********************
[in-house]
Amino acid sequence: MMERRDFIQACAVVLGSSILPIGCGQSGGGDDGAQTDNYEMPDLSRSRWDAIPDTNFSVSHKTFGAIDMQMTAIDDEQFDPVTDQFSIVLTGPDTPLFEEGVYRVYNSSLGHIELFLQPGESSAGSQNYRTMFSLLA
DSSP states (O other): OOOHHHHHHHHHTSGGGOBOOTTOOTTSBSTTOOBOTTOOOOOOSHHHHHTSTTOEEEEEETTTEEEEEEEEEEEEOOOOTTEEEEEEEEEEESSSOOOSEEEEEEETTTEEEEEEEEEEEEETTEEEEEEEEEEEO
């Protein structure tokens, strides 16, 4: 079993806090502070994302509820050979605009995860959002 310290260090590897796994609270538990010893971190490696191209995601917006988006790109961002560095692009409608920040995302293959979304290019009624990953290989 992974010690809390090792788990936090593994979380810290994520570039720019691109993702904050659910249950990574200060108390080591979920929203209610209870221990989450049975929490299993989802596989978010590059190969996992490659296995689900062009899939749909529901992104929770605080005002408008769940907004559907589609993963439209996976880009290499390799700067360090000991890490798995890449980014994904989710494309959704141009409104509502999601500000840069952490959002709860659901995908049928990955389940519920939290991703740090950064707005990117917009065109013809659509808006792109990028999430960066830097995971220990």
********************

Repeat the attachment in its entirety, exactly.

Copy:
[in-house]
Amino acid sequence: MMERRDFIQACAVVLGSSILPIGCGQSGGGDDGAQTDNYEMPDLSRSRWDAIPDTNFSVSHKTFGAIDMQMTAIDDEQFDPVTDQFSIVLTGPDTPLFEEGVYRVYNSSLGHIELFLQPGESSAGSQNYRTMFSLLA
DSSP states (O other): OOOHHHHHHHHHTSGGGOBOOTTOOTTSBSTTOOBOTTOOOOOOSHHHHHTSTTOEEEEEETTTEEEEEEEEEEEEOOOOTTEEEEEEEEEEESSSOOOSEEEEEEETTTEEEEEEEEEEEEETTEEEEEEEEEEEO
């Protein structure tokens, strides 16, 4: 079993806090502070994302509820050979605009995860959002 310290260090590897796994609270538990010893971190490696191209995601917006988006790109961002560095692009409608920040995302293959979304290019009624990953290989 992974010690809390090792788990936090593994979380810290994520570039720019691109993702904050659910249950990574200060108390080591979920929203209610209870221990989450049975929490299993989802596989978010590059190969996992490659296995689900062009899939749909529901992104929770605080005002408008769940907004559907589609993963439209996976880009290499390799700067360090000991890490798995890449980014994904989710494309959704141009409104509502999601500000840069952490959002709860659901995908049928990955389940519920939290991703740090950064707005990117917009065109013809659509808006792109990028999430960066830097995971220990």